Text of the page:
El Nino La Nina Essay, Research Paper
As the easterly trade winds decrease, the western Pacific’s warm water flows toward the Americas. This giant mass of warm water flows over the colder water of the eastern Pacific. As this occurs, we get what is called El Nino, or the child. Its name (”the child”) is derived from its arrival during the Christmas season. Typical weather patterns of El Nino include an increase in surface temperatures as well as an increase in cloud cover over the equator. Also, for unknown reasons, a large high pressure system is formed over Australia while a low pressure system is formed over the central Pacific. Because winds move out of a high and into a low, the clouds that were formed over the Equator, are blown easterly towards the western seaboard. Also, the Jet Stream is altered so that it blows directly over the Atlantic Ocean, thus dramatically decreasing hurricanes for that year.
But when the warm waters brought on by El Nino recede, the cold waters of the Pacific Ocean move eastward and bring with it La Nina, the little girl. La Nina has a variety of different names such as El Viejo, anti-El Nino or simply “cold event”. When the warmer Pacific water is pushed westward by the trade winds, that water flows toward Asia and makes room for the colder, deep sea water, to rise and flow to the Americas. Because cold water doesn’t evaporate, there is a large reduction in the formation of storm clouds. The weather patterns of La Nina are basically an exact opposite of El Nino. Strong high pressure systems form over the Pacific and low pressure systems are discovered over Australia. Westerly trade winds push the warm waters west. The once thick cloud cover over the equator is split. Because of the opposite pressure systems, the Jet Stream is severely distorted and Atlantic storms gain strength, and numbers. Also, the hurricane season is more severe because of the Jet Stream alteration.
To compare El Nino and La Nina I made three different charts. Each one of the charts represents a different climatic change, temperature variation, rainfall and snowfall. The data was taken over a period of the three months of December, January, and February for the past two years. Also included in the charts are the daily and monthly normals (The “normal” was based on monthly records for the past 60 years). All the data was gathered from the NWS web site for the Albany Airport. Included with the charts is all the corresponding data.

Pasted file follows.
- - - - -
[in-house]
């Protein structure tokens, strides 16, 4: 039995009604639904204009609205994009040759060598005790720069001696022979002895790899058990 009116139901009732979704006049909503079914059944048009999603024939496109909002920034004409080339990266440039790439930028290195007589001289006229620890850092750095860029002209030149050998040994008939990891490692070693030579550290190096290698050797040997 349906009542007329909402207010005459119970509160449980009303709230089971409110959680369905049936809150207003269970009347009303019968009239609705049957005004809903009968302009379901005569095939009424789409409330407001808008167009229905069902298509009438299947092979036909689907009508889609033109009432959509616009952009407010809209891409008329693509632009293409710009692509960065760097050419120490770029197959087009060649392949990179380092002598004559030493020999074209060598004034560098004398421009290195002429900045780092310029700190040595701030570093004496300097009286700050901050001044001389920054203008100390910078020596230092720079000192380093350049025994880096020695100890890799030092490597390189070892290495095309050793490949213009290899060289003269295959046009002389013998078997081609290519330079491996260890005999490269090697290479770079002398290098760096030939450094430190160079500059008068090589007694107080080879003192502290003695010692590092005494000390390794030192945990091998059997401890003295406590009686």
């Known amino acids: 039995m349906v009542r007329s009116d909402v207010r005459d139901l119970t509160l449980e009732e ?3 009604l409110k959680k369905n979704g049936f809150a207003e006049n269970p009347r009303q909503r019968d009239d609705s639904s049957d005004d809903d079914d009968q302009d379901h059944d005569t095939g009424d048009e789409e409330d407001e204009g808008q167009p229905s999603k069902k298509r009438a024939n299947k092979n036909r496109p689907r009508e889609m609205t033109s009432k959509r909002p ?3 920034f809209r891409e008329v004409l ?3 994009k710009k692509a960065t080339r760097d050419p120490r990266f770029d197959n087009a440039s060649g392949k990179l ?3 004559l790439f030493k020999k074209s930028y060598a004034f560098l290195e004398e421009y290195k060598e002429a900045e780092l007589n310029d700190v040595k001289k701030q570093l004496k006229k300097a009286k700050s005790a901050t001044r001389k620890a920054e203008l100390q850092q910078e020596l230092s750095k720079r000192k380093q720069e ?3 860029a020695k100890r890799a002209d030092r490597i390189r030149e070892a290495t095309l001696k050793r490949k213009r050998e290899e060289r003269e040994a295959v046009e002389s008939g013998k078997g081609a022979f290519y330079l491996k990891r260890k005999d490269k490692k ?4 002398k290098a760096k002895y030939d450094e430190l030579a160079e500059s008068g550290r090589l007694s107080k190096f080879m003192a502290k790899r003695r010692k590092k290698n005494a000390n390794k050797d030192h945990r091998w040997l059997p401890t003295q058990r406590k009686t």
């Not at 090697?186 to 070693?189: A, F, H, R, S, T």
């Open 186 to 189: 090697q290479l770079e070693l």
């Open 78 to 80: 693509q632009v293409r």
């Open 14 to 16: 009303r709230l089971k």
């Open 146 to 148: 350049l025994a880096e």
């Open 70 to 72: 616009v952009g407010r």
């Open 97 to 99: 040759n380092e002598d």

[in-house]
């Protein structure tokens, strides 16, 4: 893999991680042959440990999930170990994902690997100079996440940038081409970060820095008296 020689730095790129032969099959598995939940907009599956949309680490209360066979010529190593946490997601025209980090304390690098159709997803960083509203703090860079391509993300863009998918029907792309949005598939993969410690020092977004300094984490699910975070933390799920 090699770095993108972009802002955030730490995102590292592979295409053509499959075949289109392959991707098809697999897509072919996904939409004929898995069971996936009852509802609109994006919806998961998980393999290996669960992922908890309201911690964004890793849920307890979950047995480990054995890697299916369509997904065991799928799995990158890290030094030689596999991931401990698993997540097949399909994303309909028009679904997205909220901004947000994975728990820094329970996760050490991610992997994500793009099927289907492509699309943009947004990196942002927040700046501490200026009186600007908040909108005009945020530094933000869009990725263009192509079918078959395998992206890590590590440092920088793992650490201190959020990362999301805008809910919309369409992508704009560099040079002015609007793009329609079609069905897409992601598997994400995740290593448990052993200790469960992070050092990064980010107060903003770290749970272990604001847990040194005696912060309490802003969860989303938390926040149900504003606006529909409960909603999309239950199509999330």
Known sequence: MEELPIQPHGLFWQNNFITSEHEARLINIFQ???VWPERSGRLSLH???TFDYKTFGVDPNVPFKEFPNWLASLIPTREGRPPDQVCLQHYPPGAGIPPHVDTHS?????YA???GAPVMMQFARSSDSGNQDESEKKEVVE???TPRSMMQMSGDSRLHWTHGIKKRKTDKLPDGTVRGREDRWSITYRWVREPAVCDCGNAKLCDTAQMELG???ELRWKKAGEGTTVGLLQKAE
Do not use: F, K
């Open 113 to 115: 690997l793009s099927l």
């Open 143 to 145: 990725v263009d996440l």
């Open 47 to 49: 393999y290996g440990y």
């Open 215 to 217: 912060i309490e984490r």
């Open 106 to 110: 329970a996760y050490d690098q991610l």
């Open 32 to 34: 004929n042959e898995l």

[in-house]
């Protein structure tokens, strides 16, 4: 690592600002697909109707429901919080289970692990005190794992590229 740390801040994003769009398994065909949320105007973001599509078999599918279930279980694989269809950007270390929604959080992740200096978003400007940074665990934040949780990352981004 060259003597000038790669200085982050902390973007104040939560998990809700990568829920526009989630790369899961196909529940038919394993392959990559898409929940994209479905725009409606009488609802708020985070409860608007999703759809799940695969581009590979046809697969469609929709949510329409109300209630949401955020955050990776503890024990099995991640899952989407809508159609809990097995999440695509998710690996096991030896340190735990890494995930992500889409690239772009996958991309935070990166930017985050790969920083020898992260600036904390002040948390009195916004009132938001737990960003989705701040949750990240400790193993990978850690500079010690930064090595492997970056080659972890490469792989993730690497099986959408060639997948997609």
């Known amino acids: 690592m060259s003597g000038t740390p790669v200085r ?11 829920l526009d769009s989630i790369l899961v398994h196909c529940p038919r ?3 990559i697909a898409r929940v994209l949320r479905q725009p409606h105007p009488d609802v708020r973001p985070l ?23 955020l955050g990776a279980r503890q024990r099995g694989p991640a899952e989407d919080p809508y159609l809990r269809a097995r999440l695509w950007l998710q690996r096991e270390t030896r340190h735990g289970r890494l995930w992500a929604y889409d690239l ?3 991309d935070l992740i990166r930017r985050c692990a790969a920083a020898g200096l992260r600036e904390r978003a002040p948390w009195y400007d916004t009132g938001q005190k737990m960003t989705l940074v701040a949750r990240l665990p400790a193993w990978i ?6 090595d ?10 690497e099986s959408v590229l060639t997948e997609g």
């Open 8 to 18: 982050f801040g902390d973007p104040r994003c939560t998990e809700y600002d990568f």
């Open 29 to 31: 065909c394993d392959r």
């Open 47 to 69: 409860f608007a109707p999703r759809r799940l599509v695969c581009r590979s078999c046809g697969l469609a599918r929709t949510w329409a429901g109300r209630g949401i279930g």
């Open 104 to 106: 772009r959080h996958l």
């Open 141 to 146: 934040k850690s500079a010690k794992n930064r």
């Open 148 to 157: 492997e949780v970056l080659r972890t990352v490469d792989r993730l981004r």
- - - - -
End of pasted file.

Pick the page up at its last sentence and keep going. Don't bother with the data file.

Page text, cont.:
From my charts I discovered many different and interesting things. One thing I found was that El Nino produced a truly a warmer than average winter. Also I discovered that La Nina was not necessarily a colder winter but a more extreme one (extreme meaning large variations of hot and cold temperatures). I also drew several conclusions from the snowfall data. One thing was that El Nino doesn’t have quite as much snow as a normal winter does. Unfortunately, by looking at La Nina’s data, the snowfall was very unpredictable and inconclusive. Surprisingly, the rainfall data was very different from the expected amounts. Since La Nina winters are colder, they are said not to have as much rain as normal, but in this case it had the most out of the three. Another surprise was that El Nino is a much warmer winter but it didn’t have the amounts of rain that La Nina did.
In conclusion, I believe that El Nino and La Nina both affect the Northeast’s climate. Although it doesn’t affect us as dramatically as on the West Coast, these two climatic phenomenons are very unpredictable and still can alter our seasons.